Luckily this delicious custard tart and I were reunited with me falling on the stairs – there’s always a silver lining! A forced foot-rest due to ankle sprain and torn ligaments has had me rather house-bound and frustrated at cancelling pastry and chocolate walks in Paris but an office clean-out has meant that the tempting yolk recipe file has resurfaced from the back of the cupboard!
This French Apple Custard Tart recipe is also ridiculously easy – especially if you cheat and buy ready-made pastry. However, I do urge you to make your own sweet pastry here, as adding that extra touch of cinnamon in the base had even my cinnamon-avoiding husband ask for a THIRD slice.
Techniques such as blind-baking the pastry beforehand is also cleverly replaced by simply laying out the apples and baking them before adding the filling. For macaron, meringue, and financier lovers, then you’ll appreciate having another egg yolk recipe up your sleeve and the good news is that this filling uses 4 egg yolks! The filling couldn’t be simpler – just whisk the whole lot together and pour on top of the apples.
French Apple Custard Tart
Recipe adapted from ‘Tarte aux Pommes à l’Alsacienne’ in France the Beautiful Cookbook by the Scotto Sisters – with extra cinnamon and reduced sugar in the filling. If you make tartlets, either butter tartlet moulds or use 6 tartlet rings.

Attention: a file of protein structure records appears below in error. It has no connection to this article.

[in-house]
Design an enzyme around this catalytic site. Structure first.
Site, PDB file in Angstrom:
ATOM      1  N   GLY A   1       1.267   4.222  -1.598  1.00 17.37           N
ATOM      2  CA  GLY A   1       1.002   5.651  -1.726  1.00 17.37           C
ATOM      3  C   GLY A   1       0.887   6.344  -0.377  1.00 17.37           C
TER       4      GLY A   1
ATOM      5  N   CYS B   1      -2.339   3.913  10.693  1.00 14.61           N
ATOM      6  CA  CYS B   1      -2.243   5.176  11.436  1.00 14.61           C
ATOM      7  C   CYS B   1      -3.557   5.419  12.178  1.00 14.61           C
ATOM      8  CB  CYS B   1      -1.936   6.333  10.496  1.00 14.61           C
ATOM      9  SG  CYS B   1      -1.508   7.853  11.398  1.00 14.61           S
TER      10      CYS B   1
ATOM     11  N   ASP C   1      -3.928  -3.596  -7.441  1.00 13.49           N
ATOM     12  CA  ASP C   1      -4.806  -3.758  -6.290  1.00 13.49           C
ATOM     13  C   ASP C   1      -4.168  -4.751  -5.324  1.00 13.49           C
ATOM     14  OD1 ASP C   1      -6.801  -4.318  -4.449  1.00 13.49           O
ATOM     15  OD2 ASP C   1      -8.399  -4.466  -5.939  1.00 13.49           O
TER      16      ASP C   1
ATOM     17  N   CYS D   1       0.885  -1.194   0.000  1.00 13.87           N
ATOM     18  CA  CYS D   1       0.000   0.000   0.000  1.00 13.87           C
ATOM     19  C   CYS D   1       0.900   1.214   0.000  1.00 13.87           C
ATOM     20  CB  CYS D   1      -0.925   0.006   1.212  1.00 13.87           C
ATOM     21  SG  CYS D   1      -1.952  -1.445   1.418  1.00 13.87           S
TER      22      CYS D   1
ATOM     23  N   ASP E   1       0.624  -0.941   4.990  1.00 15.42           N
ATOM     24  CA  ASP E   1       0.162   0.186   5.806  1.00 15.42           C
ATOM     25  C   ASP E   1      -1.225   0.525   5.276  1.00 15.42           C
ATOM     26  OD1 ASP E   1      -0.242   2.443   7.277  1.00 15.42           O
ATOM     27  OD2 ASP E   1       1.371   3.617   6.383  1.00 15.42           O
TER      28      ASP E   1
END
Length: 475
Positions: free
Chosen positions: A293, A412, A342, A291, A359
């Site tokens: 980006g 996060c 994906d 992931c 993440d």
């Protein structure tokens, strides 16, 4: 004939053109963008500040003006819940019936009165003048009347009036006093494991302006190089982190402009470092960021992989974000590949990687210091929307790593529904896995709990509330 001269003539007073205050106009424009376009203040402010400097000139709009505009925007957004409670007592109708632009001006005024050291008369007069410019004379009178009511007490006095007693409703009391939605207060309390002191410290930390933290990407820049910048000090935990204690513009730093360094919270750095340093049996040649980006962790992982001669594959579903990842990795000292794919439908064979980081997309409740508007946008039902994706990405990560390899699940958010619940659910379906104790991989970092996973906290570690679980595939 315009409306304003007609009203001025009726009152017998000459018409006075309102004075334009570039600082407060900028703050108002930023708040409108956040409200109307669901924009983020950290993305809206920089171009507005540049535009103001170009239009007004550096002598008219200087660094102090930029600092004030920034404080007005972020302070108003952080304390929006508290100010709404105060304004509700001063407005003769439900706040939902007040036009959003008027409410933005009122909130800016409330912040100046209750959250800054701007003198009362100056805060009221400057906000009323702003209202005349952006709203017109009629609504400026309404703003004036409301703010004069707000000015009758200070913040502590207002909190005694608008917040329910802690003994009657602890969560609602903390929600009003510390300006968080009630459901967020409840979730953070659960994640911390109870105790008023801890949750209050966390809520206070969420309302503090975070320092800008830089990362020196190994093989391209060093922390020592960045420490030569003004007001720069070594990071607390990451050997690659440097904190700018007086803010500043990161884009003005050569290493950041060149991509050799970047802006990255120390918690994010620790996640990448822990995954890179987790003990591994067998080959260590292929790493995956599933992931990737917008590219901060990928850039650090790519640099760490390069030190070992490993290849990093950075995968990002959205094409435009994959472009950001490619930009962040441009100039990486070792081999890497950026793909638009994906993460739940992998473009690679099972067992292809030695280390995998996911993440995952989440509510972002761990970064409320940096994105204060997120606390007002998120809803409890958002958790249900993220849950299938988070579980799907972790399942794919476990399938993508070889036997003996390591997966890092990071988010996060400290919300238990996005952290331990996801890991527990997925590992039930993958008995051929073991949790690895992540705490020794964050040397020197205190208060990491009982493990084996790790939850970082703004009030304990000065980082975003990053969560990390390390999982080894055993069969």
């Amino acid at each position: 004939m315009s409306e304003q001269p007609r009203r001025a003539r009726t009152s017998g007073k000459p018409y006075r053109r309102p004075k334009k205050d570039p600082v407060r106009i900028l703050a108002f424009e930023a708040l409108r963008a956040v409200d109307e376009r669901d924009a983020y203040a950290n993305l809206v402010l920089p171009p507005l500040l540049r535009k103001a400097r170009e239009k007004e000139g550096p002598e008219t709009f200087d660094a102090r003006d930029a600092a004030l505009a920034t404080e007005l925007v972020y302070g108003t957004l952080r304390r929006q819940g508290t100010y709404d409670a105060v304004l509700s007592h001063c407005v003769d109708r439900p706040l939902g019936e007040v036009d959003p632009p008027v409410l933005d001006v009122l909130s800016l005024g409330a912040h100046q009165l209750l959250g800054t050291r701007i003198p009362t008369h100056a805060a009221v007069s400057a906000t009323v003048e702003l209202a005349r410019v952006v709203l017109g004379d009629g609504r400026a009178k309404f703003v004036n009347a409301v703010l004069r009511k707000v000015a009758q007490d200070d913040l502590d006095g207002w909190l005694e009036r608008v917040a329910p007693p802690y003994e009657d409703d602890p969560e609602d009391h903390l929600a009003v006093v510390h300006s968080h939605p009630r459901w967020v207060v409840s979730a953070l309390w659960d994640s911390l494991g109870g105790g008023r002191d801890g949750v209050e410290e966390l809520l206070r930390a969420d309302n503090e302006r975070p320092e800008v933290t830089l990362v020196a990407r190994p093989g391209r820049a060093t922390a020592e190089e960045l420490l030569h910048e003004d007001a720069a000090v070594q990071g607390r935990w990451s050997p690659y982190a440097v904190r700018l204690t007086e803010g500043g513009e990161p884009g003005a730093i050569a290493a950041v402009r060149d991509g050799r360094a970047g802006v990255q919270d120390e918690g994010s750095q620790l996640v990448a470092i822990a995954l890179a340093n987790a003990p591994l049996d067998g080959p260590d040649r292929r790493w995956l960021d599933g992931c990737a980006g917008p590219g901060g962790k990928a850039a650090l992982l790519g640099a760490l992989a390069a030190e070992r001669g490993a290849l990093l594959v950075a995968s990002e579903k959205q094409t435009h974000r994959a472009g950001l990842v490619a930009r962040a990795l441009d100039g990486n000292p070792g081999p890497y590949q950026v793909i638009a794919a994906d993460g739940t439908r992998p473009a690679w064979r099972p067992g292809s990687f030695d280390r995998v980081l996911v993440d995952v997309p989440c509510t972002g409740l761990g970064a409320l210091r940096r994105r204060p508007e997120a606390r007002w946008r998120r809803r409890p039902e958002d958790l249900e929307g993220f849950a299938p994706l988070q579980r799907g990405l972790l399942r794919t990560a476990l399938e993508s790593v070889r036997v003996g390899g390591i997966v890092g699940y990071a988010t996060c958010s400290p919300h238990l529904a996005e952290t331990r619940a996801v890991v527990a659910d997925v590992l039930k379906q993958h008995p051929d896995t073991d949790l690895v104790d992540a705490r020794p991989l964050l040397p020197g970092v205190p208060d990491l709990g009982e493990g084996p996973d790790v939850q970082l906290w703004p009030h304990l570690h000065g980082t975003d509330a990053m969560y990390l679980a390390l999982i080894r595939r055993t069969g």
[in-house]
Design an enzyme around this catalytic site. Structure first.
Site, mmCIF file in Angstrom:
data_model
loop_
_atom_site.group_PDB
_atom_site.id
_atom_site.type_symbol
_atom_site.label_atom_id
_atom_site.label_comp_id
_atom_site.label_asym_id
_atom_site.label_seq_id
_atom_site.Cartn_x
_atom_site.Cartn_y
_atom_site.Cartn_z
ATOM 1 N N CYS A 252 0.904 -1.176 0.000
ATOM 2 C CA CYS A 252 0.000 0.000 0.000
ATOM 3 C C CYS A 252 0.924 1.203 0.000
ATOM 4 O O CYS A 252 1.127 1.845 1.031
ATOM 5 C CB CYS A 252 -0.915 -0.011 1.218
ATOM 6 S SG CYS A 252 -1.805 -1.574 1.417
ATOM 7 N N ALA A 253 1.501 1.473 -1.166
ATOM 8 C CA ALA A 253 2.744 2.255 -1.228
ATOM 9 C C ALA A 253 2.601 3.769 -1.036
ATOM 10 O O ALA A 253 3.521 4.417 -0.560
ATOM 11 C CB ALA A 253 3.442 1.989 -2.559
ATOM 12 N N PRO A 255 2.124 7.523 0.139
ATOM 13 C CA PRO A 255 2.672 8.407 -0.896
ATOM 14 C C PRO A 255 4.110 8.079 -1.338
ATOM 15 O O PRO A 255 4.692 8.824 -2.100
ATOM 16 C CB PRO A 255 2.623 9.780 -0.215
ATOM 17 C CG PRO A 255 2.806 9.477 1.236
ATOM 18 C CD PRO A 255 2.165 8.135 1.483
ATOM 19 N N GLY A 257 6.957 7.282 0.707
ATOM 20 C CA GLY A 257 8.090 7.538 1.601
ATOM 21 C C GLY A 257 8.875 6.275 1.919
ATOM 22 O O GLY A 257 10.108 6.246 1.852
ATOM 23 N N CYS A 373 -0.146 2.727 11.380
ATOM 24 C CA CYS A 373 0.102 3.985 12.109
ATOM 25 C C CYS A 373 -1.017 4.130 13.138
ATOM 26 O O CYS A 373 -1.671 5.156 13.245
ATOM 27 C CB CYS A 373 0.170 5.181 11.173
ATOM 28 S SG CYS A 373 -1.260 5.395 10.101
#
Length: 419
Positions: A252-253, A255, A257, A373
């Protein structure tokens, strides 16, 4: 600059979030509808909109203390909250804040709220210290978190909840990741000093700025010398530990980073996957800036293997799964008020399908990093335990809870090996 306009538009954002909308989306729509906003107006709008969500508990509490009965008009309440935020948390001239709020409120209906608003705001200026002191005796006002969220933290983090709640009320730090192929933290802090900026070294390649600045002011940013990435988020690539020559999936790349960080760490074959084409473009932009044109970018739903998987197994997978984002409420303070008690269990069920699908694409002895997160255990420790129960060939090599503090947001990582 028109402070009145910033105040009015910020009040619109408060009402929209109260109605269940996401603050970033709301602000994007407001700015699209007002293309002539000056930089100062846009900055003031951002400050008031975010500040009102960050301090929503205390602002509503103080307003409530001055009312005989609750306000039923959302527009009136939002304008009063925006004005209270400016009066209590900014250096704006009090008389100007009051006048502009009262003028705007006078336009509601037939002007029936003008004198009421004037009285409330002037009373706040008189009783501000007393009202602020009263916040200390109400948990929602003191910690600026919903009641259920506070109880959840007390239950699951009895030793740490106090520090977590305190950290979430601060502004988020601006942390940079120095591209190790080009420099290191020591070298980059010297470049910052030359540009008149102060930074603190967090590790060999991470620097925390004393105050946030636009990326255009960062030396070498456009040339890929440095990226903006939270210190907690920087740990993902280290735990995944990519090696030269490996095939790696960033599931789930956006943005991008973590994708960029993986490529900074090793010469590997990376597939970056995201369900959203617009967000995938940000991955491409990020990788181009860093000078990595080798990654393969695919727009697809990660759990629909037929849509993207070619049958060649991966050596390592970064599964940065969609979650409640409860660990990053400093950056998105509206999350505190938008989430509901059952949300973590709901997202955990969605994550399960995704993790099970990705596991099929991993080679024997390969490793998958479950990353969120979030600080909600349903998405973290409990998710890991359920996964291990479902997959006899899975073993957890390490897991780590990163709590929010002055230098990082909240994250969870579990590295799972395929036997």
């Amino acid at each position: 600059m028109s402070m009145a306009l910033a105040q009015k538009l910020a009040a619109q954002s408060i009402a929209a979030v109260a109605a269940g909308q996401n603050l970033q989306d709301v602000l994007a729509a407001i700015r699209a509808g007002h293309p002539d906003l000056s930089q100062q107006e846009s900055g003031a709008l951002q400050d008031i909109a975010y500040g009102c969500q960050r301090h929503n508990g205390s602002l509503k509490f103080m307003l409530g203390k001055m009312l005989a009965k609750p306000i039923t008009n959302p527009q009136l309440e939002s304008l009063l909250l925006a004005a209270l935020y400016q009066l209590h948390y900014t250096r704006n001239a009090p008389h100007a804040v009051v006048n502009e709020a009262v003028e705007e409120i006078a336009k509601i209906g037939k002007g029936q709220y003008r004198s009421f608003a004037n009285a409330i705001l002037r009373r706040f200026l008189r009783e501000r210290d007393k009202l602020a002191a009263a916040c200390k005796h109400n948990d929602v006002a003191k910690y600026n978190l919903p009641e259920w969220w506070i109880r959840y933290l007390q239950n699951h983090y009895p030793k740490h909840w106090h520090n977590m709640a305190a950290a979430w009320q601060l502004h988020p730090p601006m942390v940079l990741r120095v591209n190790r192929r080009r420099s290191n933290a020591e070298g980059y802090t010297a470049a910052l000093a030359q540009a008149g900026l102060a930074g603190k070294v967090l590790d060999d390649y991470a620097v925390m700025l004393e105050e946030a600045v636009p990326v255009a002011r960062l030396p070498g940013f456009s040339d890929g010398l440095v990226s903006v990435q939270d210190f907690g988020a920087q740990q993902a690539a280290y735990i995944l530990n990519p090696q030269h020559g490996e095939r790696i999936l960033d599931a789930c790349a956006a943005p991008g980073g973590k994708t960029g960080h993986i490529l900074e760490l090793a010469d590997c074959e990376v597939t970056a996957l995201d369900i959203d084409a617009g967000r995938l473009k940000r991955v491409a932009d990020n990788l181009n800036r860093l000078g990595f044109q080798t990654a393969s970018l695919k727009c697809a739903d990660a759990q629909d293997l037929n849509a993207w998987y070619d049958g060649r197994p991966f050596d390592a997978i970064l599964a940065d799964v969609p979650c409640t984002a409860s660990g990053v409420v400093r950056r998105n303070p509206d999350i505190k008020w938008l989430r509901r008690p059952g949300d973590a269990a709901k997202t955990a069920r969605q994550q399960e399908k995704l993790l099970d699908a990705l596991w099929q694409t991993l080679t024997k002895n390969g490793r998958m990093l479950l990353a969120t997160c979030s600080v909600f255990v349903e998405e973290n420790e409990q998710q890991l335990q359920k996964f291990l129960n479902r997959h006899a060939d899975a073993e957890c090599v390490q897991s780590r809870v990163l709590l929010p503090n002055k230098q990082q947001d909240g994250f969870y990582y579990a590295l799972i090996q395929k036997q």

Preparation Time: 15 minutes
Cooking Time: 45 minutes
Makes one 25cm tart or 6 tartlets
300g sweet pastry (with 1/2 tsp ground cinnamon)
2-3 apples (Golden Delicious or Cox’s Pippin)
4 egg yolks
1/2 tsp ground cinnamon
200g double (heavy) cream
1. Preheat the oven to 210°C/410°F (gas 6 1/2). Butter a 25cm tart tin (no need to butter if using non-stick moulds) or tart ring. Roll out the pastry dough larger than the tart tin (about 4cm larger) and press into the tin. Chill in the fridge.
2. Peel, quarter and core the apples. Cut each quarter into 4 slices and arrange them evenly over the pastry, starting from the outside and overlapping the slices slightly in the form of a rose. Bake for 15 minutes.
3. Meanwhile, using a hand whisk, beat the egg yolks, sugar, cinnamon and cream. Pour over the apples and bake for 30-35 minutes (20-25 minutes for tartlets) or until the apples are tender.
No need for any ice cream or cream; just enjoy on its own served warm with a cup of your favourite tea for the perfect Sunday teatime treat.
The French school mid-term holidays just came and went. So did the wonderfully sunny weather we had: it was a surprising bonus to be in T-shirts at the end of October so we jumped on the RER train into Paris to the Museum of Chocolate. Are you ready for a quick virtual choco-story run around?